Gluten-Free Walnut, Lemon & Cardamom Cake

Walnut, Lemon & Cardamom Cake

Champagne_Glass_Image_courtesy_of_eyehook_comI suspect that the Cardamom Brigade have been hard at work, stealthily making their way into my list of favorite baking ingredients, judging by the spice’s appearance in a number of desserts I’ve prepared this month.

Cardamom is a highly polarizing spice – you either love it or you don’t, and I definitely fall in the former category. I’m intrigued by its vivid aroma, with hints of mint, eucalyptus and citrus. It’s got such personality that deploying it in Western cuisine and desserts is a tricky task, which is why this recipe for a Walnut, Lemon and Cardamom cake from Moro: The Cookbook piqued my interest. With ground almonds, walnuts, lemon juice, zest and polenta, this distinctive spice perfectly balances the pungent acidity of lemons in a moist and crumbly tea cake. Each bite is a play of textures and tastes, as the nuts and polenta hold on to their firm consistencies as the flavor of sweetened lemons gradually morphs into cardamom.

Lemon Cardamom cake montage

Apart from marking the days in this 30-day challenge, the fact that I actually considered this recipe is a reflection of how my tastes have changed since we moved to the US. When this book landed on my lap before we left Singapore, I was more excited about their meat and seafood recipes as I lived through my Tapas/Mezze craze, hankering over anything with chorizo, olives and grilled calamari that was served in shallow round terra cotta dishes. Lemon was hardly attractive, and a lemon cake? Forget it.

Well, look who’s talking now as I happily baked this cake today and savor its crumbs while writing out a post. I guess our food choices are as reliable as the seasons, birthdays or anniversaries that we celebrate in marking the passage of time. They give us moment for pause, to look back and see how far we’ve come, and to be grateful for what we have and where we’ve been.

Served simply, this gluten-free treat is equally delicious with or without adornment, perfect for accompanying a hot pot of tea on a cold Fall day.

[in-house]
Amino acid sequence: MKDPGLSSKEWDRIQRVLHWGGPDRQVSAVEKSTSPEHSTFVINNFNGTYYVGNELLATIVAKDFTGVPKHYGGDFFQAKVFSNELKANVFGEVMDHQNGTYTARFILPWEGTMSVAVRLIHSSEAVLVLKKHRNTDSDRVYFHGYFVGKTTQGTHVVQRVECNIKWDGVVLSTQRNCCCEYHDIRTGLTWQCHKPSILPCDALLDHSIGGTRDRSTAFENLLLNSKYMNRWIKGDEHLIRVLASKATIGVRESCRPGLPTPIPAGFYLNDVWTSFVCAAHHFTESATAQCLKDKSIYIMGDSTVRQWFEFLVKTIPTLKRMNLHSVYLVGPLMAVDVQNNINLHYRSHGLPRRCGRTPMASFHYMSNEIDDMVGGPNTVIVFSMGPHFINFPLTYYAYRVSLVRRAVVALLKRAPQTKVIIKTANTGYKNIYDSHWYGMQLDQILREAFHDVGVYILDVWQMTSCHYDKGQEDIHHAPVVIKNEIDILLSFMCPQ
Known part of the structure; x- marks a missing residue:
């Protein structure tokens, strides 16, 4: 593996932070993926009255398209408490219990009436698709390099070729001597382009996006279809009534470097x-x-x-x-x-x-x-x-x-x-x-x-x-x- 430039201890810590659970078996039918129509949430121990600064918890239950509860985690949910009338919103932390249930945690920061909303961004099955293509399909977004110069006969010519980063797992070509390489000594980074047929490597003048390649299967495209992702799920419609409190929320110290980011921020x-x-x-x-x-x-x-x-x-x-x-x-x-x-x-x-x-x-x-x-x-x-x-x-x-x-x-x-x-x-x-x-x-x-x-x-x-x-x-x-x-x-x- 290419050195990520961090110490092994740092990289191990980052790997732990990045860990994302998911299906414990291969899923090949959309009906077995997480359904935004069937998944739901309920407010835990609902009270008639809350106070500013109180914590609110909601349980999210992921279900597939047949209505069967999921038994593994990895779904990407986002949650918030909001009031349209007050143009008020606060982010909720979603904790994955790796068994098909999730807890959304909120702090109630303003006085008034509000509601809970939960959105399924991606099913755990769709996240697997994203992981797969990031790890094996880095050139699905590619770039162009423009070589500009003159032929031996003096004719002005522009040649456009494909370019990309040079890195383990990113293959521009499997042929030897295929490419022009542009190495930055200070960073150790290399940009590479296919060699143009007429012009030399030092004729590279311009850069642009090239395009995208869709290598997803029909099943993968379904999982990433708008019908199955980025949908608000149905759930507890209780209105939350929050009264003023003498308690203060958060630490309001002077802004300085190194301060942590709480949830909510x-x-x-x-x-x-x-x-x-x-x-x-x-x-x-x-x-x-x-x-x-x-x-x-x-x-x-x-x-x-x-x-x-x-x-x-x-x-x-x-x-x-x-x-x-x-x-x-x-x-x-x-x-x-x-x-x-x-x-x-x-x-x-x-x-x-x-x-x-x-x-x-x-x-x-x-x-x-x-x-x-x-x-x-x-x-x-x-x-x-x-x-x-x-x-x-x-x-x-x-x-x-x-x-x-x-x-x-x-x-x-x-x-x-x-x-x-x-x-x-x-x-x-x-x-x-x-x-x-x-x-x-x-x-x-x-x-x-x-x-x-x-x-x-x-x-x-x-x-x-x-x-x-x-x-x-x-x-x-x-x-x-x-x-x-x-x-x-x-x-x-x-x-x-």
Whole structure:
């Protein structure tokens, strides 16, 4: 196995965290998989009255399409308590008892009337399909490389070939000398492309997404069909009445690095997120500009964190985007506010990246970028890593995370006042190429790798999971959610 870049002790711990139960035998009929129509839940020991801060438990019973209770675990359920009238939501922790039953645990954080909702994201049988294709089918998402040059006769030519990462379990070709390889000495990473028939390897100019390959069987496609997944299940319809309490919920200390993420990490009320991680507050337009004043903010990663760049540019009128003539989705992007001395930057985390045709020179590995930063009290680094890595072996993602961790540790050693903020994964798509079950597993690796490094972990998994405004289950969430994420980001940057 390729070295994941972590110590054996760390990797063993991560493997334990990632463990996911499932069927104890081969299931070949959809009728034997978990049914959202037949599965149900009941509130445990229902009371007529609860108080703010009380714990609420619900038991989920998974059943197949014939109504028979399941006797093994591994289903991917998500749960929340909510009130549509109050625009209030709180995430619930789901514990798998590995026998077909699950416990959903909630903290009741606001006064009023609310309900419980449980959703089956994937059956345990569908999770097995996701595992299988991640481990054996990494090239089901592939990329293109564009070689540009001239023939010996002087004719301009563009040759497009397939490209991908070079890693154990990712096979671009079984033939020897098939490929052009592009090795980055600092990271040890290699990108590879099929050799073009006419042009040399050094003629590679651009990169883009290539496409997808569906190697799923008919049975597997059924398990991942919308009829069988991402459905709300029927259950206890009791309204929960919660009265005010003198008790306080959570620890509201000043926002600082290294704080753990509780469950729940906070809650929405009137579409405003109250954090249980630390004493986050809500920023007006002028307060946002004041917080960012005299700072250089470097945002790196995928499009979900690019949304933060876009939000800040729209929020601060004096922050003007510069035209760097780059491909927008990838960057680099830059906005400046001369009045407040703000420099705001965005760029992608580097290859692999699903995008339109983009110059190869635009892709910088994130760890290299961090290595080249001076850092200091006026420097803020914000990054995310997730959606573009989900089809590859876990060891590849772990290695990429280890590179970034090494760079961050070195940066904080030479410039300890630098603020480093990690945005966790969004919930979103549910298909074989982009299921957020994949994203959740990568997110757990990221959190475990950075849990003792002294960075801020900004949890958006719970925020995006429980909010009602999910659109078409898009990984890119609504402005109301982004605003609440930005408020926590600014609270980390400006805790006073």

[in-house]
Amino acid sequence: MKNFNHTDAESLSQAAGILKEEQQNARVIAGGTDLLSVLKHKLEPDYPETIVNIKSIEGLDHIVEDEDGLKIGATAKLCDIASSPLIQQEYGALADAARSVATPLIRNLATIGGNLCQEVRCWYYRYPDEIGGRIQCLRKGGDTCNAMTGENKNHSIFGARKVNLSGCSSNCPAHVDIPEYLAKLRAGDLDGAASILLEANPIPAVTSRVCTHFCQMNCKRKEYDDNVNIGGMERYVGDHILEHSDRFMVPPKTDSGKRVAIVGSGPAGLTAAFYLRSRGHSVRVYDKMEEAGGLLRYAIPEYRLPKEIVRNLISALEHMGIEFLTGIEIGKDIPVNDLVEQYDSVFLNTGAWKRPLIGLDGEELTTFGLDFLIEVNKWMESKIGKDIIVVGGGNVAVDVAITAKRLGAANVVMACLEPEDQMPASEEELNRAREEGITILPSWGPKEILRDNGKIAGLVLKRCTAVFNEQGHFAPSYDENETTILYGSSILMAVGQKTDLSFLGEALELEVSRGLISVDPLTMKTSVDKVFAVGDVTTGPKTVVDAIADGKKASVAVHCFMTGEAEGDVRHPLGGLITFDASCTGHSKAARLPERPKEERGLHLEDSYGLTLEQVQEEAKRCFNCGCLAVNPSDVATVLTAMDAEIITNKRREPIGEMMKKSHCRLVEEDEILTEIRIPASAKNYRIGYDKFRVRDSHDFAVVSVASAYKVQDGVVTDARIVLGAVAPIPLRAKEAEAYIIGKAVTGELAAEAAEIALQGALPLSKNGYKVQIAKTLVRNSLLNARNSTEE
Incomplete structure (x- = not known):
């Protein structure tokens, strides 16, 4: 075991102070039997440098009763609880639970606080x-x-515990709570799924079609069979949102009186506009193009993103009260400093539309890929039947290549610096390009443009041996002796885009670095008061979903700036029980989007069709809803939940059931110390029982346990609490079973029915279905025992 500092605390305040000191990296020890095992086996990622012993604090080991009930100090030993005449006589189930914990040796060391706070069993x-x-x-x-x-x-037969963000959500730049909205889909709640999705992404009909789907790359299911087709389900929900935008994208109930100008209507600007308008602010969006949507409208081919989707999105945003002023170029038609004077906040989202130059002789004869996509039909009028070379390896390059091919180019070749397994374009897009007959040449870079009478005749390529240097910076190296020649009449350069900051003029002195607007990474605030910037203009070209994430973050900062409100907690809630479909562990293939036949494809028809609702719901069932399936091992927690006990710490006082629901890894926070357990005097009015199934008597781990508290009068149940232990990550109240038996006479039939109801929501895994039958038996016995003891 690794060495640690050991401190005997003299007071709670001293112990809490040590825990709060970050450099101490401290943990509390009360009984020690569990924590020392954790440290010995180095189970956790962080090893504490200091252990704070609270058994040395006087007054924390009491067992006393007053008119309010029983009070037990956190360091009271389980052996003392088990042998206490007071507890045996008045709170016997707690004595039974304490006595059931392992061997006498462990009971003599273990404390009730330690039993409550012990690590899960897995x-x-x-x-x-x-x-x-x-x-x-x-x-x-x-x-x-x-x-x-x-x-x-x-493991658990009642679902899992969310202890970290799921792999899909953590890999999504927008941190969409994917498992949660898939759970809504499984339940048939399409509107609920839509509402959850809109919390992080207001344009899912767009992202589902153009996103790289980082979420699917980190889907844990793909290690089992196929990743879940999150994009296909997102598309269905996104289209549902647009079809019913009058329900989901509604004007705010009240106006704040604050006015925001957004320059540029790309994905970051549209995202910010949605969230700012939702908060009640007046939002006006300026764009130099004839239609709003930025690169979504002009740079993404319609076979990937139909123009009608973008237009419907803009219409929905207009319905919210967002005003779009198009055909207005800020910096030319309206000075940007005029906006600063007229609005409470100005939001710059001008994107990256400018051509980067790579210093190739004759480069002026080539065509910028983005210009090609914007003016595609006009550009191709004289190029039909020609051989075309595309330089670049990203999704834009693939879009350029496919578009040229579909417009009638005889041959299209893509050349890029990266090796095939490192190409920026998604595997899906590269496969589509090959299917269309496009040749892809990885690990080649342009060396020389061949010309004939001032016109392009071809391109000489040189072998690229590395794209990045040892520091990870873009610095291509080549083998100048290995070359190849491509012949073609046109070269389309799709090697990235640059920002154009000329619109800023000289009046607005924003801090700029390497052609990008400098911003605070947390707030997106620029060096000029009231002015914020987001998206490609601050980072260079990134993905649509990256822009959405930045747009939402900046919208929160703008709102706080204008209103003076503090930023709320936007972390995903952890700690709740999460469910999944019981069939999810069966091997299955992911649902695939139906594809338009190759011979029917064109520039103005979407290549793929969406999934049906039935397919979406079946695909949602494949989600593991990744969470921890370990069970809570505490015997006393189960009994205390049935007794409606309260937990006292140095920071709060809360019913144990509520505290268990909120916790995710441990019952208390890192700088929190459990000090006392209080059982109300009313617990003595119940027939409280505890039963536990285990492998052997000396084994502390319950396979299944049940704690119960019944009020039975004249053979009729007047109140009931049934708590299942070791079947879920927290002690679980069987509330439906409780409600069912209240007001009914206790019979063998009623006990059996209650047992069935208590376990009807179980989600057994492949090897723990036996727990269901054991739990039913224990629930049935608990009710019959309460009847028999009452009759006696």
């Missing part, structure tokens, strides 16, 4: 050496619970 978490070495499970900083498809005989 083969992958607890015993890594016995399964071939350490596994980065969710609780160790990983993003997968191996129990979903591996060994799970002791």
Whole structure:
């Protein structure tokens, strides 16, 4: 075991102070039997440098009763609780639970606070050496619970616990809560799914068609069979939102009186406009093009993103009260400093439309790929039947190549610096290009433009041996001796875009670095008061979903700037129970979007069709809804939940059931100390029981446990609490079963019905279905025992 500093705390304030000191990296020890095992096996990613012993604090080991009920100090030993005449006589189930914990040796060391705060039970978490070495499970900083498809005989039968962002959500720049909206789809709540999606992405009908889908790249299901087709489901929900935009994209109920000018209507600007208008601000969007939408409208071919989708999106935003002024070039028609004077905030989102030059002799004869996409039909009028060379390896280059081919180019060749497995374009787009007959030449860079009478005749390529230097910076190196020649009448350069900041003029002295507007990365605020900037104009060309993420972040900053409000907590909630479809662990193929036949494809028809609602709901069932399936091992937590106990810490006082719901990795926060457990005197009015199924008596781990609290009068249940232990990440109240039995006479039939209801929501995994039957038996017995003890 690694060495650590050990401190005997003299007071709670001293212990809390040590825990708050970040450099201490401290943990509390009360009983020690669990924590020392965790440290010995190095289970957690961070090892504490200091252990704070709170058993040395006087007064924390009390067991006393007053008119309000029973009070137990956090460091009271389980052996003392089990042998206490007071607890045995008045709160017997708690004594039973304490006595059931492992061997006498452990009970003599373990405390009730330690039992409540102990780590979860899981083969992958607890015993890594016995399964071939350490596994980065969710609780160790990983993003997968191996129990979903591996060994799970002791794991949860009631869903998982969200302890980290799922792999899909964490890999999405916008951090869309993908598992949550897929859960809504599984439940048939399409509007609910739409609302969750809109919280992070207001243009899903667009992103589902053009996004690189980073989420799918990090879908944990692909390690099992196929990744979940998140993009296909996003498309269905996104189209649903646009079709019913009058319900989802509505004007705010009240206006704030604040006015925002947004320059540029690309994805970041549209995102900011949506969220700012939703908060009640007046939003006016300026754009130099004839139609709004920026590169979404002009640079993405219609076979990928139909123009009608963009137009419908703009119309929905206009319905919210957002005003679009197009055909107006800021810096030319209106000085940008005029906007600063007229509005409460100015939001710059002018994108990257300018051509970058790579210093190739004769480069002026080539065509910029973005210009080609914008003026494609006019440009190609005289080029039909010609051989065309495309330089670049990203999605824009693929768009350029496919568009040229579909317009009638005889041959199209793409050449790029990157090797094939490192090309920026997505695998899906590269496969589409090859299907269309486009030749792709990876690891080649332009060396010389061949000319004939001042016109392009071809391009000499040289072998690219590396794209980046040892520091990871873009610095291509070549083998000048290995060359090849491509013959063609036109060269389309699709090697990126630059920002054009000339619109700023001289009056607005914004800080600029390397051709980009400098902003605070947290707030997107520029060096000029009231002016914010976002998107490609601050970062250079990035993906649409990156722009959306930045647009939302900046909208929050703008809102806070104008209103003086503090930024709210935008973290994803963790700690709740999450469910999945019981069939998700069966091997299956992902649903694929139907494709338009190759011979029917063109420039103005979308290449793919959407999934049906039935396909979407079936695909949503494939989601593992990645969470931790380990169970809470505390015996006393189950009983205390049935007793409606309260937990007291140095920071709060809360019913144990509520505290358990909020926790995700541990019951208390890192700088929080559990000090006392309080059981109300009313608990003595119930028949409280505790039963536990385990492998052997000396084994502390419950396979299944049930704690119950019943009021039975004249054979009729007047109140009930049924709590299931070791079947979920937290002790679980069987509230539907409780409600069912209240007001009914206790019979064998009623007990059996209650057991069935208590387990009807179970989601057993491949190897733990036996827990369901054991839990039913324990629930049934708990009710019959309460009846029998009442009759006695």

Gluten-Free Walnut, Lemon & Cardamom Cake (adapted from Moro: The Cookbook)
Makes one 8-inch (20 cm) cake

1 stick plus 5 tablespoons/ 185 grams unsalted butter, room temperature and cubed
6½ ounces/ 185 grams granulated sugar
5 ounces/ 140 grams walnuts, chopped
5 ounces/ 140 grams blanched almonds, chopped
2 eggs
4½ ounces/ 130 grams polenta
1 level teaspoon baking powder
Zest of 1 lemon
Juice of 1½ lemons
2 to 3 level teaspoons ground cardamom
2 tablespoons confectioners’ sugar, for dusting (optional)

Preheat the oven to 325F/ 160C and line an 8-inch/ 20 cm springform tin with parchment paper.

In the bowl of an electric mixer, or using a wooden spoon, beat the butter and sugar together until light and very pale. Stir in the almonds and walnuts, then add the eggs, one at a time. Add the polenta, baking powder, lemon juice and zest and enough cardamom to taste. You’ll want the batter to have a nice balance between lemon and cardamom.

Spoon the mixture into the tin and bake in the preheated oven for 1½ to 2 hours, until the cake is golden brown and just firm in the middle.

Remove the tin from the oven and leave to cool before unmolding the cake from the tin. Dust with sugar (if desired) before serving, and consume with a pot of hot tea and a good book.



  1. Anna: Thanks for giving me an idea for another new flavor pairing – cardamom with apricots and peaches sounds fantastic.

    Dominique and Felicia: Cardamom is usually used as part of a blend of spices in Indian and Middle Eastern curries. I’ve never had it as one of the main stars in a dessert so this cake was really interesting. I liked that it tempers the sweetness too.

    Nurit: Thanks for retweeting!

    Thanks everyone!

  2. Pingback: Walnut, Lemon and Cardamom Cake « Foodshots

  3. I made this cake last Friday. The flavor was amazing. I did have a few problems with the recipe though: I had to take the cake out off the oven after 50 minutes because it was too browned by that time. The cake is falling apart, too crumbly, as I’ve noticed in your photos as well.
    Since the flavor is so fantastic I will make it again but will try to change the batter to something more cakey and less crumbly.
    Overall, we ate it to the last bite!
    Thanks for sharing the recipe.

  4. Hi Nurit,

    Thanks for your feedback and I’m glad you liked the flavors. I think baking times will vary depending on the strength of our respective ovens. My oven is pretty mild so the baking time took the full 2 hours for the middle of the cake to firm up. Perhaps you might place the cake on the lowest rack on your next try?

    I agree about the texture, and maybe adding another egg to the mix might help bind the mixture a little better. Do let me know how your experiments turn out!

Leave a Reply

Your email address will not be published. Required fields are marked *